Saint Thomas n'admet pas qu'on puisse prouver a priori l'existence de Dieu, Ia, q. II, a. I, bien que la proposition Deus est soit per se nota quoad se, ou évidente par elle-même en soi et pour celui qui saurait ce qu'est Dieu : l'Être même subsistant dont l'essence implique l'existence actuelle ou de fait : existentiam non solum signalant aut conceptam, sed exercitam in re extra animam. Mais, dit-il, nous ne savons pas a priori ce qu'est Dieu, nescimus de Deo quid est; nous n'avons d'abord qu'une définition nominale de Dieu, conçu confusément comme cause première du monde, de tout ce qu'il y a de réel et de bon en lui. De cette notion abstraite de Dieu, fort différente de l'intuition immédiate de l'essence divine, nous ne pouvons pas déduire a priori son existence concrète ou de fait.

Nous voyons sans doute a priori, que Dieu existe par soi, s'il existe de fait. Mais pour affirmer qu'il existe de fait (existentia exercita), il faut partir de l'existence de fait des réalités contingentes que notre expérience constate, et voir si elles exigent nécessai rement une cause première qui corresponde réelle ment en dehors de notre esprit à notre notion abstraite ou définition nominale de Dieu. Cf. Ia, q. II, a. I, ad 2um ; et a. 2, ad 2um.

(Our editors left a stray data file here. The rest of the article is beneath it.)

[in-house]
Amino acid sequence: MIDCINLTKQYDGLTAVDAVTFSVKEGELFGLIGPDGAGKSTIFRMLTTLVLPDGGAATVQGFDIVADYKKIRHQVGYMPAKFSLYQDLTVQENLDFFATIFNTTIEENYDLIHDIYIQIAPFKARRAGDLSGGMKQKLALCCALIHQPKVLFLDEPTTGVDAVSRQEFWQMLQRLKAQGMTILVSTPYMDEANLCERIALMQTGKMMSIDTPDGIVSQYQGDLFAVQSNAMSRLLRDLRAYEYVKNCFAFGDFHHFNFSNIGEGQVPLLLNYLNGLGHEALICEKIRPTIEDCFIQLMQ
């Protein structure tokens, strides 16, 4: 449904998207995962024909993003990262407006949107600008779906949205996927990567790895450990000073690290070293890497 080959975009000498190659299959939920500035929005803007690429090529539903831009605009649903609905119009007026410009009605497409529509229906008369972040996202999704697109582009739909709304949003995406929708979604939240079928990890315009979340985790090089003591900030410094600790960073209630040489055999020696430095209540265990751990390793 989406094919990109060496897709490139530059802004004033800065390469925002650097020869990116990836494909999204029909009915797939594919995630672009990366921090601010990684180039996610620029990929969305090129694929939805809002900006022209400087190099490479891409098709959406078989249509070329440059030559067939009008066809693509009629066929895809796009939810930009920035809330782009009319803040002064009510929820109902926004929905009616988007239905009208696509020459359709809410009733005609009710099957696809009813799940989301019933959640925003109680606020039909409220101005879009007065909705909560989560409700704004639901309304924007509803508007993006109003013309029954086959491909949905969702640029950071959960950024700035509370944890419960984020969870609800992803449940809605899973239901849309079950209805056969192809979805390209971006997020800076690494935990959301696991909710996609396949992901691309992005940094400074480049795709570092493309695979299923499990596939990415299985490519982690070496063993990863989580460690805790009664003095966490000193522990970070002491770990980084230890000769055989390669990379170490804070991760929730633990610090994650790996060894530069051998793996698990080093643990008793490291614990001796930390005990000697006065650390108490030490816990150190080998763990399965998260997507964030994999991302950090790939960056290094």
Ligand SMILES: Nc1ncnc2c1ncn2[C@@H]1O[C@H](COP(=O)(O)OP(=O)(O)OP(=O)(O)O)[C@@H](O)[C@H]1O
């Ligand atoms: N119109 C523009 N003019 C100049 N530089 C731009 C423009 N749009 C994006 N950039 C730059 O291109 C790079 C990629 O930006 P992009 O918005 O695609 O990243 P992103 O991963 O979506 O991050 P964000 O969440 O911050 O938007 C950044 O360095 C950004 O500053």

Cette position est celle du réalisme modéré, inter médiaire entre le nominalisme qui conduit à l'agnos ticisme (on le verra chez Hume), et le réalisme excessif de l'intelligence, qui se trouve à des degrés divers chez Parménide, Platon, les néoplatoniciens, qui reparaît en un sens dans l'argument de saint Anselme, plus tard sous une forme très accentuée chez Spinoza, et aussi chez Malebranche et les onto logistes, qui croient avoir une intuition immédiate confuse, et non pas seulement une idée abstraite, de la nature de Dieu.



Notes:

269 ST I.2.1.

270 Existentiam non solum signatam aut conceptam, sed exercitam in re extra animam.

271 Nescimus de Deo quid est.

272 ST I.2.1 ad 2; 2 ad 2.